Exercise burns calories, but being physically active also helps you sleep better! Although the mechanism is not fully understood, researchsuggests individuals who get regular exercise–regardless of length or type of activity–sleep more and get more of the deep, restorative sleep that is essential for the body, in comparison to people who are less active.

Weight Loss Tip: Burning calories and sleeping better is a double win when attempting to shed weight, so establish (and stick with) a regular workout program. Aim for at least 30 minutes of physical activity each day, but in the event you can’t squeeze in a trip to the gym, even a short 10-minute walk or workout may result in improved sleep that night.4. Get Some Sunlight

Do you struggle to fall asleep? Making a point to step outside a few times a day and get a little sunlight may help. The reason has to do with the body’s circadian rhythms, which orchestrate and manage our internal clock and schedule. Darkness and light influence these rhythms, so incorporating brief snippets of sunlight in your day can help remind your body it is time to be awake and alert. The objective is that as the day ends and gets darker, your circadian rhythms will respond by helping the body relax and fall asleep easier.

Weight Loss Tip: Going outside for a two- to three-minute walk cues the body rhythms to encourage sleep after that night when it is dark. If that’s not an option, open the blinds or sit by a window, and avoid sitting in the dark for long periods during daytime hours.5. Hydrate Early in the Day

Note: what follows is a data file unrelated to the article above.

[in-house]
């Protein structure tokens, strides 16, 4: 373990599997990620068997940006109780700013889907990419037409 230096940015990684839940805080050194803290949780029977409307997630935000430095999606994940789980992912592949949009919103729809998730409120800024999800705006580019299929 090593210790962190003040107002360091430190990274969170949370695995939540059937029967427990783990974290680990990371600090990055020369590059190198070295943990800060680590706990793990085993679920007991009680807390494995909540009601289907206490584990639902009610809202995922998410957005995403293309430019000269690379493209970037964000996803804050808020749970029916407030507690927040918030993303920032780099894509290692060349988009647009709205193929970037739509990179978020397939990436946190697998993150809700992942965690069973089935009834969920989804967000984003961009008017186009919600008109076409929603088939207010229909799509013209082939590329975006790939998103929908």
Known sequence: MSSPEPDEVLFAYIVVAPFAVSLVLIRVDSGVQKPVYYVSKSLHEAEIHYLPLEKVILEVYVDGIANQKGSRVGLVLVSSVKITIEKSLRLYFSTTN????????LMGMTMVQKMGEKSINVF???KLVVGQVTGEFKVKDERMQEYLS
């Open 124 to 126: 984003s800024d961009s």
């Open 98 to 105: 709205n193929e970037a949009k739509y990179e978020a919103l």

Keeping the body hydrated is key for weight loss, and apparently also for getting adequate sleep! A 2018 research found that people who got six hours of sleep or less were much more likely to be inadequately hydrated, compared to people who slept seven to nine hours. But getting up several times a night to visit the bathroom could interrupt your overall sleep, so how do you hydrate to encourage weight loss and sleep without a full bladder waking you up during the night?

Weight Loss Tip: Determine your daily water goal; spread those oz out through the day and emphasize getting most of it by mid-afternoon. To make it simple, I take a water bottle and aim to consume 75 to 80 percent of my goal by 3 or 4 p.m.. This way I get adequate hydration while still allowing my body plenty of time to consume and excrete it. You can still have water and other fluids then; just do not use the late afternoon and evening hours to get the majority of your daily hydration.6. Skip That Glass of Wine

Losing weight is not about deprivation; all foods (and drinks) can fit into a healthful weight loss approach. And if you prefer to have an occasional drink, then you are probably already deciding on a lower-calorie cocktail like a glass of wine or beer. However, there is more to know about that drink than just the calorie count.

Even though alcohol is a sedative and can help you initially fall asleep, the aftereffects–even from just 1 drink–can activate less-restful sleep a few hours later. In actuality, a 2018 research suggests that one to two glasses decreases your restorative, deep sleep by 24 percent. Less sleep dehydration = not a good combo for weight loss.

Weight Loss Tip: If you drink, enjoy a cocktail or two on occasion–just do not make it a nightly habit. Even though you may not feel the effects from 1 drink per night, the sleep loss gradually adds up. Also, be aware that the more you consume, the amount of restful sleep decreases.